25. Guo T, Yin RX, Lin QZ. et al. Polymorphism of rs873308 near the transmembrane protein 57 gene is associated with serum lipid levels. Biosci Rep. 2014;34:e00095
26. Zhou YJ, Yin RX, Hong SC. et al. Association of the HNF1A polymorphisms and serum lipid traits, the risk of coronary artery disease and ischemic stroke. J Gene Med. 2017;19:jgm.2941
27. Li WJ, Yin RX, Cao XL. et al. DOCK7-ANGPTL3 SNPs and their haplotypes with serum lipid levels and the risk of coronary artery disease and ischemic stroke. Lipids Health Dis. 2018;17:30
28. Miao L, Yin RX, Huang F. et al. The effect of MVK-MMAB variants, their haplotypes and G×E interactions on serum lipid levels and the risk of coronary heart disease and ischemic stroke. Oncotarget. 2017;8:72801-17
29. Wang DS, Yin RX, Li KG. et al. Association between the MVK rs2287218 SNP and the risk of coronary heart disease and ischemic stroke: A case-control study. Biosci Trends. 2018;12:403-11
30. Zhang QH, Yin RX, Gao H. et al. Association of the SPTLC3 rs364585 polymorphism and serum lipid profiles in two Chinese ethnic groups. Lipids Health Dis. 2017;16:1
31. Li WJ, Yin RX, Huang JH. et al. Association between the PPP1R3B polymorphisms and serum lipid traits, the risk of coronary artery disease and ischemic stroke in a southern Chinese Han population. Nutr Metab (Lond). 2018;15:27
32. Yin RX, Aung LH, Long XJ. et al. Interactions of several genetic polymorphisms and alcohol consumption on blood pressure levels. Biofactors. 2015;41:339-51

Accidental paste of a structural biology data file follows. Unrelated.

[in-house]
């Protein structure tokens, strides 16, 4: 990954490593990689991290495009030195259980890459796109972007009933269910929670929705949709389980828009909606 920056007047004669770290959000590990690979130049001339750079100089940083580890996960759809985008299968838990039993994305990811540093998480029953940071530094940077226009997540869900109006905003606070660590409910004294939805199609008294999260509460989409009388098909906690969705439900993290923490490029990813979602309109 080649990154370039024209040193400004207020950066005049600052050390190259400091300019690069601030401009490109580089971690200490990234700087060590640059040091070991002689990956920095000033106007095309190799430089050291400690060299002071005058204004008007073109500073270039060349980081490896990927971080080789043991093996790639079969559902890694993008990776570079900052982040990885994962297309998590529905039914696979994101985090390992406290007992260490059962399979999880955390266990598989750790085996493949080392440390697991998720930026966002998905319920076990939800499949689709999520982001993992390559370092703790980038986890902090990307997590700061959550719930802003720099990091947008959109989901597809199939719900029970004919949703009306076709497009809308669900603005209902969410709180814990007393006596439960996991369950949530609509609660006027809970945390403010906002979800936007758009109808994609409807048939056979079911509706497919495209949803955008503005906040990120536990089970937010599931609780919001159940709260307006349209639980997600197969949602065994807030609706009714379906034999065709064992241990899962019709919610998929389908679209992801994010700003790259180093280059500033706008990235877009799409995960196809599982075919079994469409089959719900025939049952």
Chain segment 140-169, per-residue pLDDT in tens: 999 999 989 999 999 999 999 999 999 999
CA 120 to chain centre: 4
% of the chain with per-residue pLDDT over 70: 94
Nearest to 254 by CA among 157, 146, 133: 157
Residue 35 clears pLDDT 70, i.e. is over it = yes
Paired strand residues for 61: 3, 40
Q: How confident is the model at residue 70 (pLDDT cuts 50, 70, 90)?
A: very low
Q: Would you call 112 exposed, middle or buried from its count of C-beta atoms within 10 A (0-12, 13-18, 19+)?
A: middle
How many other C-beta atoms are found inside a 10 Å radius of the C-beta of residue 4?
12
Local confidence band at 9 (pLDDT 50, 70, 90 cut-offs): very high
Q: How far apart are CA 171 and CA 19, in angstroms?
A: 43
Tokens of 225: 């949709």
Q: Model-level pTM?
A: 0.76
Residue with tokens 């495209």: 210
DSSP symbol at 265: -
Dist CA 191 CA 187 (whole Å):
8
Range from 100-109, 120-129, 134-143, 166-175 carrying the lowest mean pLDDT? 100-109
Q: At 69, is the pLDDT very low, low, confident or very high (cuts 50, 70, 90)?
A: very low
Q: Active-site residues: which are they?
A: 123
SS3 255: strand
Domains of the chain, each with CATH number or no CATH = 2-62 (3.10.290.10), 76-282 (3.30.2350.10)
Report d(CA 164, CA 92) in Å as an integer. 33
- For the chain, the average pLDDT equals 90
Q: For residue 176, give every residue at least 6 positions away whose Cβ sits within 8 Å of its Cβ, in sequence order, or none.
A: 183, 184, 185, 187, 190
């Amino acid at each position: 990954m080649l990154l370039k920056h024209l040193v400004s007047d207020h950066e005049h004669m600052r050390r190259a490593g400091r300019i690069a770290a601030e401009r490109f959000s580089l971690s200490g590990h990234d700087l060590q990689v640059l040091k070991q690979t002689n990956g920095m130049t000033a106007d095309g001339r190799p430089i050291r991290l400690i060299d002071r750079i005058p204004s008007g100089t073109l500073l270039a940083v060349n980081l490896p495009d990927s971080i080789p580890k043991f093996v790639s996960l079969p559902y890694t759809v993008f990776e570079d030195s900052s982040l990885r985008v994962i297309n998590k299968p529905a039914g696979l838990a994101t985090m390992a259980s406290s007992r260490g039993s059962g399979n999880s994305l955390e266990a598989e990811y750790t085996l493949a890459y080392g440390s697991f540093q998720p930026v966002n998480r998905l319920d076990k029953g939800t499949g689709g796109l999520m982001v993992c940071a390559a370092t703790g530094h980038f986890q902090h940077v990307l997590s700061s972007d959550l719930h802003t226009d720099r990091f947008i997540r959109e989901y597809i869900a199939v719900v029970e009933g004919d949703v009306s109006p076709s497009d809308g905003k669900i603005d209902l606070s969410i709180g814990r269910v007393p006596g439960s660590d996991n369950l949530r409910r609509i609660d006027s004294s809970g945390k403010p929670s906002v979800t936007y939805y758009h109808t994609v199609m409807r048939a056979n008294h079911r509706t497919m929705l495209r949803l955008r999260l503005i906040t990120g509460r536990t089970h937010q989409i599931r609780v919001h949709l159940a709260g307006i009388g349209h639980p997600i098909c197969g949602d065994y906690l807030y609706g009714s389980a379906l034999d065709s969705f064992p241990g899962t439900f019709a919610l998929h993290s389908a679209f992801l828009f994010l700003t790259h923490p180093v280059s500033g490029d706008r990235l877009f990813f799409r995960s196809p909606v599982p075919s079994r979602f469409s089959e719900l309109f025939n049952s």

33. Yin RX, Wu DF, Wu JZ. et al. Interactions of several lipid-related gene polymorphisms and cigarette smoking on blood pressure levels. Int J Biol Sci. 2012;8:685-96
34. Wildman RP, Gu D, Reynolds K. et al. Appropriate body mass index and waist circumference cutoffs for categorization of overweight and central adiposity among Chinese adults. Am J Clin Nutr. 2004;80:1129-1136
35. Zhou BF. Predictive values of body mass index and waist circumference for risk factors of certain related diseases in Chinese adults-study on optimal cut-off points of body mass index and waist circumference in Chinese adults. Biomed Environ Sci. 2002;15:83-96
36. Kasai T, Miyauchi K, Yanagisawa N. et al. Mortality risk of triglyceride levels in patients with coronary artery disease. Heart. 2013;99:22-29